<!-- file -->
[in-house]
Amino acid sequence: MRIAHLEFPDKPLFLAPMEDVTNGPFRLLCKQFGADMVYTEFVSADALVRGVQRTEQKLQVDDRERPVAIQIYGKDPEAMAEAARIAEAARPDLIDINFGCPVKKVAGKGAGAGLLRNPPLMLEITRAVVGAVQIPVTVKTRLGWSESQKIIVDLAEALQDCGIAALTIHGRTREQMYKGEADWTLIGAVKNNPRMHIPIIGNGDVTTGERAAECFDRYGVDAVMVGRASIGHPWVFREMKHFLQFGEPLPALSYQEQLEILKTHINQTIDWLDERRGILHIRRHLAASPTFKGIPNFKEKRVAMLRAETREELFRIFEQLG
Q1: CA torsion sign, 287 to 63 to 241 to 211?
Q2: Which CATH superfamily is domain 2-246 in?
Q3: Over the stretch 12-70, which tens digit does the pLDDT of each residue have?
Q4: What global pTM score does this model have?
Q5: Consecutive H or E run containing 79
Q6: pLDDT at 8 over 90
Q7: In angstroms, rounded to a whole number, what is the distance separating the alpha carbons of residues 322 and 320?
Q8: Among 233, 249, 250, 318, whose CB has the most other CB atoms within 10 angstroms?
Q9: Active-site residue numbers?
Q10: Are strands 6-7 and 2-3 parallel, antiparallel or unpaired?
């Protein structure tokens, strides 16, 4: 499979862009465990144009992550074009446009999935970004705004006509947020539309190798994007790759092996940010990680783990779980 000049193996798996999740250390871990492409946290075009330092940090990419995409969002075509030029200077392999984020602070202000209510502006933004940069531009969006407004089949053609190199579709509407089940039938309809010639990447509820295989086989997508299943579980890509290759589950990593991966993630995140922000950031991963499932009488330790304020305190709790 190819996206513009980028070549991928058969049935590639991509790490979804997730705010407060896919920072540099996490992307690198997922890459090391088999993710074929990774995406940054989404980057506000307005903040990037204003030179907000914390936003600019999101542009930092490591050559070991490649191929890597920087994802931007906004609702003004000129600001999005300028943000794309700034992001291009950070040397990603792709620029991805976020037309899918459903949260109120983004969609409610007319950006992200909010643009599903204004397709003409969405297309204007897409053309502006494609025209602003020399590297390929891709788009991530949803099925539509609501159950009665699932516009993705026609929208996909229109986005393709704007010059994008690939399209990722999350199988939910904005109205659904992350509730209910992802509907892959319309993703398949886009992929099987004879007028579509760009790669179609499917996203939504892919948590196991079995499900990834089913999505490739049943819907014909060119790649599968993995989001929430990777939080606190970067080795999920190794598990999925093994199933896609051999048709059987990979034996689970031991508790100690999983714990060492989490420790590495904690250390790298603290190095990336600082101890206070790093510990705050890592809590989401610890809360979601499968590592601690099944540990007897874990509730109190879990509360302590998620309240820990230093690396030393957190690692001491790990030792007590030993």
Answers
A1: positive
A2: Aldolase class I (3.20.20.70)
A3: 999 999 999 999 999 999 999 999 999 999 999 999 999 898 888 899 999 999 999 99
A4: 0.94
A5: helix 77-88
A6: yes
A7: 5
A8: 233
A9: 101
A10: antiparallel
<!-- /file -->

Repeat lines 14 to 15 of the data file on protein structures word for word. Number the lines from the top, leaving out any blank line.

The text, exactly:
Answers
A1: positive